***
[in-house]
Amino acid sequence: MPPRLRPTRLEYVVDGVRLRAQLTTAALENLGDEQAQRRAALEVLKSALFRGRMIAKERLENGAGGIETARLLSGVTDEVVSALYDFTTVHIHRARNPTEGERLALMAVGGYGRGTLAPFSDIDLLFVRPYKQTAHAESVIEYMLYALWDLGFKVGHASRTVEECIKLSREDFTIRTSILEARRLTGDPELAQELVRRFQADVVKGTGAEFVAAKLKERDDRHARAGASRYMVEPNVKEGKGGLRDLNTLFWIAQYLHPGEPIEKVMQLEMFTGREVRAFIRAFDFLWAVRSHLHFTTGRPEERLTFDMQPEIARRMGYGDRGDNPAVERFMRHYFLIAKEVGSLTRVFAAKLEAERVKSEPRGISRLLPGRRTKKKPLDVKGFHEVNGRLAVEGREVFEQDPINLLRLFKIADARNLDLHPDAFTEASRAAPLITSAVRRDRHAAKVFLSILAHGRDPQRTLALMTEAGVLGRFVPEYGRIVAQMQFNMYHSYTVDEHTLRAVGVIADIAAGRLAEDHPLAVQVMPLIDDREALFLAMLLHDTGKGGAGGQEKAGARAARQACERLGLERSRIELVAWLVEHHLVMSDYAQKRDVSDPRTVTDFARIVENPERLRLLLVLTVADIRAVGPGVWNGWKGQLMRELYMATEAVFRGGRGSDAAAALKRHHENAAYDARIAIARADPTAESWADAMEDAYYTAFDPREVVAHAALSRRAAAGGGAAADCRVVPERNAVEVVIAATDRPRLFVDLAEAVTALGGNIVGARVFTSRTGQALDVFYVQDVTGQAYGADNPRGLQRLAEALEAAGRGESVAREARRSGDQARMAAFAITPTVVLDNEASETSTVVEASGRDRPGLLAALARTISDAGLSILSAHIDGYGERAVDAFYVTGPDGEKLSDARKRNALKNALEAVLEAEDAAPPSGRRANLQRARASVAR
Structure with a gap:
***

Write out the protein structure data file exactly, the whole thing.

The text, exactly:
[in-house]
Amino acid sequence: MPPRLRPTRLEYVVDGVRLRAQLTTAALENLGDEQAQRRAALEVLKSALFRGRMIAKERLENGAGGIETARLLSGVTDEVVSALYDFTTVHIHRARNPTEGERLALMAVGGYGRGTLAPFSDIDLLFVRPYKQTAHAESVIEYMLYALWDLGFKVGHASRTVEECIKLSREDFTIRTSILEARRLTGDPELAQELVRRFQADVVKGTGAEFVAAKLKERDDRHARAGASRYMVEPNVKEGKGGLRDLNTLFWIAQYLHPGEPIEKVMQLEMFTGREVRAFIRAFDFLWAVRSHLHFTTGRPEERLTFDMQPEIARRMGYGDRGDNPAVERFMRHYFLIAKEVGSLTRVFAAKLEAERVKSEPRGISRLLPGRRTKKKPLDVKGFHEVNGRLAVEGREVFEQDPINLLRLFKIADARNLDLHPDAFTEASRAAPLITSAVRRDRHAAKVFLSILAHGRDPQRTLALMTEAGVLGRFVPEYGRIVAQMQFNMYHSYTVDEHTLRAVGVIADIAAGRLAEDHPLAVQVMPLIDDREALFLAMLLHDTGKGGAGGQEKAGARAARQACERLGLERSRIELVAWLVEHHLVMSDYAQKRDVSDPRTVTDFARIVENPERLRLLLVLTVADIRAVGPGVWNGWKGQLMRELYMATEAVFRGGRGSDAAAALKRHHENAAYDARIAIARADPTAESWADAMEDAYYTAFDPREVVAHAALSRRAAAGGGAAADCRVVPERNAVEVVIAATDRPRLFVDLAEAVTALGGNIVGARVFTSRTGQALDVFYVQDVTGQAYGADNPRGLQRLAEALEAAGRGESVAREARRSGDQARMAAFAITPTVVLDNEASETSTVVEASGRDRPGLLAALARTISDAGLSILSAHIDGYGERAVDAFYVTGPDGEKLSDARKRNALKNALEAVLEAEDAAPPSGRRANLQRARASVAR
Structure with a gap: